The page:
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Amazon IAM


AWS Identity and Access Management is a web service that enables Amazon Web Services (AWS) customers to manage users and user permissions in AWS. The service is targeted at organizations with multiple users or systems that use AWS products such as Amazon EC2, Amazon RDS, and the AWS Management Console. With IAM,  you can centrally manage users, security credentials such as access keys, and permissions that control which AWS resources users can access.


Without IAM, organizations with multiple users and systems must either create multiple AWS accounts, each with its own billing and subscriptions to AWS products,  or employees must all share the security credentials of a single AWS account. Also, without IAM, you have no control over the tasks a particular user or system can do and what AWS resources they might use.


IAM addresses this issue by enabling organizations to create multiple users (each user is a person, system, or application) who can use AWS products, each with individual security credentials, all controlled by and billed to a single AWS account. With IAM, each user is allowed to do only what they need to do as part of the user's job.


To change a user's name or path, you must use the IAM CLI or API. There is no option in the console to rename a user.

To rename IAM users, use the following commands:

CLI: aws iam update-user

API: UpdateUser

When you change a user's name or path, the following happens:

Any policies attached to the user stay with the user under the new name.

The user stays in the same groups under the new name.

The unique ID for the user remains the same. For more information about unique IDs, see Unique IDs.

Any resource or role policies that refer to the user as the principal (the user is being granted access) are automatically updated to use the new name or path. For example, any queue-based policies in Amazon SQS or resource-based policies in Amazon S3 are automatically updated to use the new name and path.


IAM does not automatically update policies that refer to the user as a resource to use the new name or path; you must manually do that. For example, imagine that user Bob has a policy attached to him that lets him manage his security credentials. If an administrator renames Bob to Robert, the administrator also needs to update that policy to change the resource from this:



to this:


This is true also if an administrator changes the path; the administrator needs to update the policy to reflect the new path for the user.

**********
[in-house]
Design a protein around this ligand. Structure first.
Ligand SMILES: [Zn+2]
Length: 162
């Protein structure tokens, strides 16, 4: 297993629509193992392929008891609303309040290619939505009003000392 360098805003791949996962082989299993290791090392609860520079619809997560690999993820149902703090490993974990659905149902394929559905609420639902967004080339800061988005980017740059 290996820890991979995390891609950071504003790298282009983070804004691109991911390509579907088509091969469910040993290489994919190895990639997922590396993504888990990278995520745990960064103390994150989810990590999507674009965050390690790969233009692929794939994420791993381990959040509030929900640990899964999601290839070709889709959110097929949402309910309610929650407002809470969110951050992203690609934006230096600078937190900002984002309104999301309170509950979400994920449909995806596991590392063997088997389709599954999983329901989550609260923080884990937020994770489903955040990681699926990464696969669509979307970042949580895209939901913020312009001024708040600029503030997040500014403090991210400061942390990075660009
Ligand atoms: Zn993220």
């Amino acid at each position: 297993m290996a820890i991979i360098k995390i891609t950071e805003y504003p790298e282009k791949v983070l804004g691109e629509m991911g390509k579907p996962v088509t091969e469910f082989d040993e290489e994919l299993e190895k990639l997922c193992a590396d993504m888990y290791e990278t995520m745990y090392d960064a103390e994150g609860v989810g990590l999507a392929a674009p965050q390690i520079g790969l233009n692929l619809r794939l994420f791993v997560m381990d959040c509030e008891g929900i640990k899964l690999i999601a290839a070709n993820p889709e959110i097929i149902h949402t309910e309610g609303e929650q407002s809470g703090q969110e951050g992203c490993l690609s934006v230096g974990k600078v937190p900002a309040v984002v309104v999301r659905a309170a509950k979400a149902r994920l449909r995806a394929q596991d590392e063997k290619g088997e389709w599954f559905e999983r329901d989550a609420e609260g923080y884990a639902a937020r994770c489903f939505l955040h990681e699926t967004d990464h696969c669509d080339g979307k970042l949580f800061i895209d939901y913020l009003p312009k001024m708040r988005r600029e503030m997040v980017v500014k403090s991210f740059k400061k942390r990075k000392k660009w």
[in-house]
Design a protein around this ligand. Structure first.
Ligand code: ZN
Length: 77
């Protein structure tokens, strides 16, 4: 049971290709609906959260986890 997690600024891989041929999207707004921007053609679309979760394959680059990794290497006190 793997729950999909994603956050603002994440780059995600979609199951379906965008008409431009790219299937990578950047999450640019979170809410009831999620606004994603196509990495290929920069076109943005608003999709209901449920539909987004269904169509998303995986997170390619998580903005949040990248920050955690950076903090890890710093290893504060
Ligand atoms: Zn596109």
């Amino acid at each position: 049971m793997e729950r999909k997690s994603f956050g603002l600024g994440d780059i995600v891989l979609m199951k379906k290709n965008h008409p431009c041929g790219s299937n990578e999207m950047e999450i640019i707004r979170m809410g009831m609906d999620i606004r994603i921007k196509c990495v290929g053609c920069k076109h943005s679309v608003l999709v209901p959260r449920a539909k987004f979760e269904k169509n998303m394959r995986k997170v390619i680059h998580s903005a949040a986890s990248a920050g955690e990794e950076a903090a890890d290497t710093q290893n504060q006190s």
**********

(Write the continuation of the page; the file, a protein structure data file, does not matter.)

AWS Identity and Access Management is a feature of your AWS account offered at no additional charge. You will be charged only for use of other AWS services by your IAM users.


When IAM creates a user, group, instance profile, or server certificate, it assigns to each entity a unique ID that looks like the following example:




For the most part, you use friendly names and ARNs when you work with IAM entities, so you don't need to know the unique ID for a specific entity.  However, the unique ID can sometimes be useful when it isn't practical to use friendly names.


One example pertains to reusing friendly names in your AWS account. Within your account, a friendly name for a user or group must be unique. For example, you might create an IAM user named David. Your company uses Amazon S3 and has a bucket with folders each employee; the bucket has an IAM resource policy (a bucket policy) that lets users access only their own folders in the bucket. Suppose that the employee named David leaves your  company and you delete the corresponding IAM user. But later another employee named David starts and you create a new IAM user named David. If the resource policy on the bucket is set using the IAM user named David, the policy could end up granting the new David access to information in the Amazon S3 bucket that was left by the former David.


However, every IAM user has a unique ID, even if you create a new IAM user that reuses a friendly name that you deleted before.  In the example, the old IAM user David and the new IAM user David have different unique IDs. If you create resource policies for Amazon S3 buckets that  grant access by unique ID and not just by user name, it reduces the chance that you could inadvertently grant access to information that an employee should not have.


Another example where user IDs can be useful is if you maintain your own database (or other store) of IAM user information. The unique ID can provide a unique identifier for each IAM user you create, even if over time you have IAM users that reuse a name, as in the previous example.


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